Invoice management starts with creating and sending a purchase order to the vendor.
A purchase order is an official request for a product or service, sent from you as a buyer, to the vendor, to authorize all of the details of a purchase.
This document should include an itemized list of the purchase, desired quantity, and agreed-upon prices. You can also add any additional notes or requests regarding the order.
Now, although a purchase order usually contains the same elements as an invoice, they are not the same thing. An invoice is sent by the seller to request payment, while the purchase order is the official demand for a good or service.
2. Review Invoice Details
After getting your hands on the ordered goods, and receiving the supplier invoice, it’s time to process it to accounts payable.
Before doing so, however, you should always confirm there aren’t any inconsistencies from the original order.
Double-check these three main invoice elements:
- The invoice due date (i.e: payment terms)
- List of products & services
- Total cost
If you notice any errors, give your supplier a call or email to discuss the issue and request another invoice.
3. Choose Preferred Payment Method
Invoices usually come with different kinds of payment methods, so you can choose whichever option suits your business best.
The four most common types of payment methods are:
- Cash. Cash is mostly used for small, up-front purchases. However, it’s not a safe option since it can get easily misplaced, lost, or stolen.
- Checks. Checks are relatively cheap and secure, but they’re a time-consuming option.
- Online credit card payments. These are fast, easy, and secure.
- Automatic billing and mobile payments. These are processed automatically through accounting software. You can make payments by simply integrating your bank account and credit cards with the software and pressing Send.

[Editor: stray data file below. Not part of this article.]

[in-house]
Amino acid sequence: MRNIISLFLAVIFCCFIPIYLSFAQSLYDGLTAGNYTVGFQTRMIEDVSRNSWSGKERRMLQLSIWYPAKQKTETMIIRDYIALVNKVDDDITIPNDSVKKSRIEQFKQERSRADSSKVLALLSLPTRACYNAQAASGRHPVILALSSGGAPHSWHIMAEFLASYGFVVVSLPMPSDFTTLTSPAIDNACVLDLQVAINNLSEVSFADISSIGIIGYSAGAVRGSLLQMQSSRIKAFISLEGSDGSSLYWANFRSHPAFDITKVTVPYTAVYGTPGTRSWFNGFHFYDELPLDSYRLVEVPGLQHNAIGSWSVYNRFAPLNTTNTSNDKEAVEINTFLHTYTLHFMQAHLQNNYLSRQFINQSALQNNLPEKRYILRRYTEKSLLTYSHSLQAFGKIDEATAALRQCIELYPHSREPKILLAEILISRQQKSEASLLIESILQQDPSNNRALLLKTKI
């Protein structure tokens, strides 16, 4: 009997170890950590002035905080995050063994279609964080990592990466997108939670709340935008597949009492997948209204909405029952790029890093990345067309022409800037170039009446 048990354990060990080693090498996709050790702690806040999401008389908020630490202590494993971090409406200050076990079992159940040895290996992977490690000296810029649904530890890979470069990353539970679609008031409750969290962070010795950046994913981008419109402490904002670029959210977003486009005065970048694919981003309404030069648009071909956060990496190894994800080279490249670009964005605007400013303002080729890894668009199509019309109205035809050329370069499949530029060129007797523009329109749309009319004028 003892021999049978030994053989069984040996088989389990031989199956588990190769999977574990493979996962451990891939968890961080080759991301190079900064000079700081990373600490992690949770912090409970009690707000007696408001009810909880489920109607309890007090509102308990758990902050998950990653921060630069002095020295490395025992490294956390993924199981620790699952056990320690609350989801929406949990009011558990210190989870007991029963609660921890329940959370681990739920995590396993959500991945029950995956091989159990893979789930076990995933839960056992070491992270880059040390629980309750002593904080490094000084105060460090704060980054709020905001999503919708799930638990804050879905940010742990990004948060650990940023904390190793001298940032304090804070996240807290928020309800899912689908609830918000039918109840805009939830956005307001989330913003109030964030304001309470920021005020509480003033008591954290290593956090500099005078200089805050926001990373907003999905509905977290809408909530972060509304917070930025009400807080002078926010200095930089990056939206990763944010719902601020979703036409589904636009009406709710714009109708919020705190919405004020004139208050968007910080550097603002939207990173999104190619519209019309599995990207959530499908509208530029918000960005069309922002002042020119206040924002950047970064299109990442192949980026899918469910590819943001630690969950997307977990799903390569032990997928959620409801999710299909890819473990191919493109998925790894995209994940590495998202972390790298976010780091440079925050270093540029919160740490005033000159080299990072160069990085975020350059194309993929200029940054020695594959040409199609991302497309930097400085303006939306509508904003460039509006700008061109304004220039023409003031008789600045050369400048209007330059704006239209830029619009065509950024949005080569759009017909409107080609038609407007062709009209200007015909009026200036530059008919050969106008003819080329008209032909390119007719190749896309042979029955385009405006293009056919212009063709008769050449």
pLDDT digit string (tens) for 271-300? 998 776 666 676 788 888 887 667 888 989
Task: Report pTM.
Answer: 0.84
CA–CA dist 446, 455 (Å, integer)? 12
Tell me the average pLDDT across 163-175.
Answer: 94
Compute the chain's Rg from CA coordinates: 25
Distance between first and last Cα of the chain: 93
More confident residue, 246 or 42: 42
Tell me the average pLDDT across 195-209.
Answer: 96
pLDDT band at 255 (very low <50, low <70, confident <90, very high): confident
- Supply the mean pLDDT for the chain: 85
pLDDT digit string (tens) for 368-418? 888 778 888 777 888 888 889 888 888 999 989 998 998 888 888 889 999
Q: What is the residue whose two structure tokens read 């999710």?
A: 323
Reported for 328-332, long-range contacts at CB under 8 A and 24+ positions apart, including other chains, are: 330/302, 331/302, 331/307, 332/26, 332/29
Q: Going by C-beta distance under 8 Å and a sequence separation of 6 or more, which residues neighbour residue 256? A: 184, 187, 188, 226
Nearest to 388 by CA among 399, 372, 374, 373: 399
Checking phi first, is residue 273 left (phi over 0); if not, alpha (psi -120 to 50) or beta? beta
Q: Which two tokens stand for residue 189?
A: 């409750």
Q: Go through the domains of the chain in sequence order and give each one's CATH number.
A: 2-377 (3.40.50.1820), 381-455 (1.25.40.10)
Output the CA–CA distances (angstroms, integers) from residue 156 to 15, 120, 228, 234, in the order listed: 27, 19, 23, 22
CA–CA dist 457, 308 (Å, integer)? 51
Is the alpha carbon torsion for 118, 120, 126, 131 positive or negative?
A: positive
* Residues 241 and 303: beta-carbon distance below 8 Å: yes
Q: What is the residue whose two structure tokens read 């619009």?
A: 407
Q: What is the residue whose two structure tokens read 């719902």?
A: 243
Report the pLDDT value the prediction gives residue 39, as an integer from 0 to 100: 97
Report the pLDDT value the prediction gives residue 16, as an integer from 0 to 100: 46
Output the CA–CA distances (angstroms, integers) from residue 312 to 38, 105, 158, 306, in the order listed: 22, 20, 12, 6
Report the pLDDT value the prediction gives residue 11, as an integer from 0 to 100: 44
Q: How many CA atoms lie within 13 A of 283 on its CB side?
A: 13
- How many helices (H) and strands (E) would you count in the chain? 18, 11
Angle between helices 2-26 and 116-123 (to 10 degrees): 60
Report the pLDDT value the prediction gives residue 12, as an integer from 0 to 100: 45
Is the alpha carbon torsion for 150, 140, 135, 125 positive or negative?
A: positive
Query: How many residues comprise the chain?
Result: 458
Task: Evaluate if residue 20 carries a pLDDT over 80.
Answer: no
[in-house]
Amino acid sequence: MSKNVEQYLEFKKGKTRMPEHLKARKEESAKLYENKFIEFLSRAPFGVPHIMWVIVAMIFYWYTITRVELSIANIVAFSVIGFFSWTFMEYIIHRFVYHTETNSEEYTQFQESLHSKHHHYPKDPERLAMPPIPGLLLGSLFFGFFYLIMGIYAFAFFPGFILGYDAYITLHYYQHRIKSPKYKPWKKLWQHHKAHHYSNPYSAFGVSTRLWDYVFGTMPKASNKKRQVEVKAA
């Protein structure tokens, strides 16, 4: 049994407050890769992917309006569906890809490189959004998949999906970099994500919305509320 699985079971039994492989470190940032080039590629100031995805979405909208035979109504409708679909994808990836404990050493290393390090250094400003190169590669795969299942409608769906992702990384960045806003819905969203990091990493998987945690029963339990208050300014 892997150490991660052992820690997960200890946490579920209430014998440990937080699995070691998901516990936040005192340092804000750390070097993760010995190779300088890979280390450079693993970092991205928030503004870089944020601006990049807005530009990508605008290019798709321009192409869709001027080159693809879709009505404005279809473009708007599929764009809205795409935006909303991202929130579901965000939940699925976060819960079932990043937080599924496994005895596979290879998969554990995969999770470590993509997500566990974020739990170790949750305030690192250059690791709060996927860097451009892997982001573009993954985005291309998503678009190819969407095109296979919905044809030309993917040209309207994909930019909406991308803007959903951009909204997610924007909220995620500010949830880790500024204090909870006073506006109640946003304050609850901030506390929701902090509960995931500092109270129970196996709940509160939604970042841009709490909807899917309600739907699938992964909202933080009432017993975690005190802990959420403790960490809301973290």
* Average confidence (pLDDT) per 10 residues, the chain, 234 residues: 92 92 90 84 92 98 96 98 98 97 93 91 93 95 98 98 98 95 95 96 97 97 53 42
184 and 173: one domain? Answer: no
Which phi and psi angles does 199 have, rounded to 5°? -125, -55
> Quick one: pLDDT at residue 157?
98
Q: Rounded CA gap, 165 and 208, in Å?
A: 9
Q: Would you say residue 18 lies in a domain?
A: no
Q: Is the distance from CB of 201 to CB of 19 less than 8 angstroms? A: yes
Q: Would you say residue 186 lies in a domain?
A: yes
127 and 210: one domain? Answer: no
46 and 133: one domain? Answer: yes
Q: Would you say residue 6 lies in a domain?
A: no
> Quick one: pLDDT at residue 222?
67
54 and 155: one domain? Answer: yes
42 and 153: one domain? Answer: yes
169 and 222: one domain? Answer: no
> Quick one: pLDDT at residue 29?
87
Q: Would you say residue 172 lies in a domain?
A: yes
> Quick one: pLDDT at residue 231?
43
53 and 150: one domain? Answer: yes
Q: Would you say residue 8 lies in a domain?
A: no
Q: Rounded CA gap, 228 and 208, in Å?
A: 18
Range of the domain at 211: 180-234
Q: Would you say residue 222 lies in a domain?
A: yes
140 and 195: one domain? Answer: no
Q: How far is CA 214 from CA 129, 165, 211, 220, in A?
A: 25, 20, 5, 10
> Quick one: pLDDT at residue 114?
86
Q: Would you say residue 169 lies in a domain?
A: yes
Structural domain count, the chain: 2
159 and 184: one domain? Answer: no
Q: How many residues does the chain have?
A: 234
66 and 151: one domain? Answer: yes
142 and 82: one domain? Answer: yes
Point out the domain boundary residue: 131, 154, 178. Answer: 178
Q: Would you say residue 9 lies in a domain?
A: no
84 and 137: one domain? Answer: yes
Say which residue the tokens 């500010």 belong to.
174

Create Invoices for Customer Purchases
After paying back all your bills, it’s finally time for you to sell products and get paid in return.
The first step is creating an invoice with all of the appropriate invoice elements.
With premade invoice templates and invoicing software, this process can be done within seconds. However, if you want to start from square one and create your own invoice template, you’ll need the following elements:
- Header with the word “Invoice”
- Business and client contact details
- Invoice number
- Name and description of the product or service
- Cost per unit and the total amount
- Billing date
- Due date
- Terms of payment
These are just the basic elements an invoice needs to be considered a legally-binding document. Not all invoices follow this exact same format, though.
Depending on the industry, clients, or products sold, you’ll have to deal with various invoice types that serve different purposes and include additional details.
Want to learn more about the main elements of a professional invoice? Head over to our guide on how to make an invoice & get paid faster.
Send Out the Invoices
There are three main methods you can send an invoice with:
1. Physically in person, by fax, or through snail mail. This is the most traditional and outdated way of sending an invoice. It includes printing out the invoice, putting it in an envelope, stamping it, and dropping it by the post office or delivering it in hand.
2. Email. When sending an invoice via email make sure to include:
- A subject line with the invoice number
- The attachment of the invoice in pdf
- A short professional message
3. Invoicing software. This is the fastest and easiest way to send an invoice. All you have to do is fill in the invoice information on the online software, and press Send.
After sending the invoice, the next step is to make a double-entry to record it into accounts receivable, as we previously explained.
If you’re using invoicing software, however, you won’t have to worry about bookkeeping because the invoice will automatically create entries in their respective accounts.
Automating Invoice Management
Switching from manual invoice management to an online invoicing system can be a life-changing decision for your small business accounting.
Now, you’re probably thinking: how do I decide which invoice management system is the right one for my business?
Well, the right invoicing system will help you streamline and automate almost every part of your invoicing process.